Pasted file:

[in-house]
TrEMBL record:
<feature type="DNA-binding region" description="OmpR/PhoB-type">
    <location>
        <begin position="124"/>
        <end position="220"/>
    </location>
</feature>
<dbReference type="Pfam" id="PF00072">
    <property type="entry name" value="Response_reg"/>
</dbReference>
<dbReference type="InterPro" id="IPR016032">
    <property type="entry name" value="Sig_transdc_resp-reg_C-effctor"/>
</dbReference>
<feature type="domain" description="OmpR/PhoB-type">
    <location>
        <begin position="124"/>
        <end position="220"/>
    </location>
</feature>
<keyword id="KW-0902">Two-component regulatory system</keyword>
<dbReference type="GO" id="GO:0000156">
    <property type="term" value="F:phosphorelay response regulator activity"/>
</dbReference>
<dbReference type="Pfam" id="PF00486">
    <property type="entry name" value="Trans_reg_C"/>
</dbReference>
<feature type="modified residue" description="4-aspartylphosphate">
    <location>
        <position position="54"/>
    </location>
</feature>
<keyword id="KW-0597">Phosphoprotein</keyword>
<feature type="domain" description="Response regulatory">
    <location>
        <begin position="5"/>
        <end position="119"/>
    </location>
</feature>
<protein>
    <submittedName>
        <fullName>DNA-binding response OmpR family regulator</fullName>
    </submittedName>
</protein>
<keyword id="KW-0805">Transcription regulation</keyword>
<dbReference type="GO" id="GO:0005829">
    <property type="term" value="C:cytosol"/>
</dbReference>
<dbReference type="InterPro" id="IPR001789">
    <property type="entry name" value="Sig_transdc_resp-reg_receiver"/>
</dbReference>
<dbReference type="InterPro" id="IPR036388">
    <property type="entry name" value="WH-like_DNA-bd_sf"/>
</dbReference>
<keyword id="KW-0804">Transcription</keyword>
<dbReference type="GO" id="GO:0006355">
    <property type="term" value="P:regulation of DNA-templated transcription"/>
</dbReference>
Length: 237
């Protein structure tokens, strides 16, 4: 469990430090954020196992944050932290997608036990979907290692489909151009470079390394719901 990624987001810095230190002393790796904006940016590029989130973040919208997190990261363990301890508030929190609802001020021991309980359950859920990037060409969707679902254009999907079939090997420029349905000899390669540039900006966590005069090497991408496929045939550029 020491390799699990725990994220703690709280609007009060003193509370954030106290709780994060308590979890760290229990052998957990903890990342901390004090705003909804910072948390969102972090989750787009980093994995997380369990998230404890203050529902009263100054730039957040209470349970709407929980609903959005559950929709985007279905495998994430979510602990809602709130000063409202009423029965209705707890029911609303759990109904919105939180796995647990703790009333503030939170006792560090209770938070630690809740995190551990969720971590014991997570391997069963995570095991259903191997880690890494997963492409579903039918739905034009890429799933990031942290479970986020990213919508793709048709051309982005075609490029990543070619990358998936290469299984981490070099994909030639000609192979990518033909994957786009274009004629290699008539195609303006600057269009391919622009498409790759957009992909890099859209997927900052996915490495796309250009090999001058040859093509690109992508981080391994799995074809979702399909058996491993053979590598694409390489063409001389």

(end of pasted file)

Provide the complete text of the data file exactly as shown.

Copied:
[in-house]
TrEMBL record:
<feature type="DNA-binding region" description="OmpR/PhoB-type">
    <location>
        <begin position="124"/>
        <end position="220"/>
    </location>
</feature>
<dbReference type="Pfam" id="PF00072">
    <property type="entry name" value="Response_reg"/>
</dbReference>
<dbReference type="InterPro" id="IPR016032">
    <property type="entry name" value="Sig_transdc_resp-reg_C-effctor"/>
</dbReference>
<feature type="domain" description="OmpR/PhoB-type">
    <location>
        <begin position="124"/>
        <end position="220"/>
    </location>
</feature>
<keyword id="KW-0902">Two-component regulatory system</keyword>
<dbReference type="GO" id="GO:0000156">
    <property type="term" value="F:phosphorelay response regulator activity"/>
</dbReference>
<dbReference type="Pfam" id="PF00486">
    <property type="entry name" value="Trans_reg_C"/>
</dbReference>
<feature type="modified residue" description="4-aspartylphosphate">
    <location>
        <position position="54"/>
    </location>
</feature>
<keyword id="KW-0597">Phosphoprotein</keyword>
<feature type="domain" description="Response regulatory">
    <location>
        <begin position="5"/>
        <end position="119"/>
    </location>
</feature>
<protein>
    <submittedName>
        <fullName>DNA-binding response OmpR family regulator</fullName>
    </submittedName>
</protein>
<keyword id="KW-0805">Transcription regulation</keyword>
<dbReference type="GO" id="GO:0005829">
    <property type="term" value="C:cytosol"/>
</dbReference>
<dbReference type="InterPro" id="IPR001789">
    <property type="entry name" value="Sig_transdc_resp-reg_receiver"/>
</dbReference>
<dbReference type="InterPro" id="IPR036388">
    <property type="entry name" value="WH-like_DNA-bd_sf"/>
</dbReference>
<keyword id="KW-0804">Transcription</keyword>
<dbReference type="GO" id="GO:0006355">
    <property type="term" value="P:regulation of DNA-templated transcription"/>
</dbReference>
Length: 237
């Protein structure tokens, strides 16, 4: 469990430090954020196992944050932290997608036990979907290692489909151009470079390394719901 990624987001810095230190002393790796904006940016590029989130973040919208997190990261363990301890508030929190609802001020021991309980359950859920990037060409969707679902254009999907079939090997420029349905000899390669540039900006966590005069090497991408496929045939550029 020491390799699990725990994220703690709280609007009060003193509370954030106290709780994060308590979890760290229990052998957990903890990342901390004090705003909804910072948390969102972090989750787009980093994995997380369990998230404890203050529902009263100054730039957040209470349970709407929980609903959005559950929709985007279905495998994430979510602990809602709130000063409202009423029965209705707890029911609303759990109904919105939180796995647990703790009333503030939170006792560090209770938070630690809740995190551990969720971590014991997570391997069963995570095991259903191997880690890494997963492409579903039918739905034009890429799933990031942290479970986020990213919508793709048709051309982005075609490029990543070619990358998936290469299984981490070099994909030639000609192979990518033909994957786009274009004629290699008539195609303006600057269009391919622009498409790759957009992909890099859209997927900052996915490495796309250009090999001058040859093509690109992508981080391994799995074809979702399909058996491993053979590598694409390489063409001389």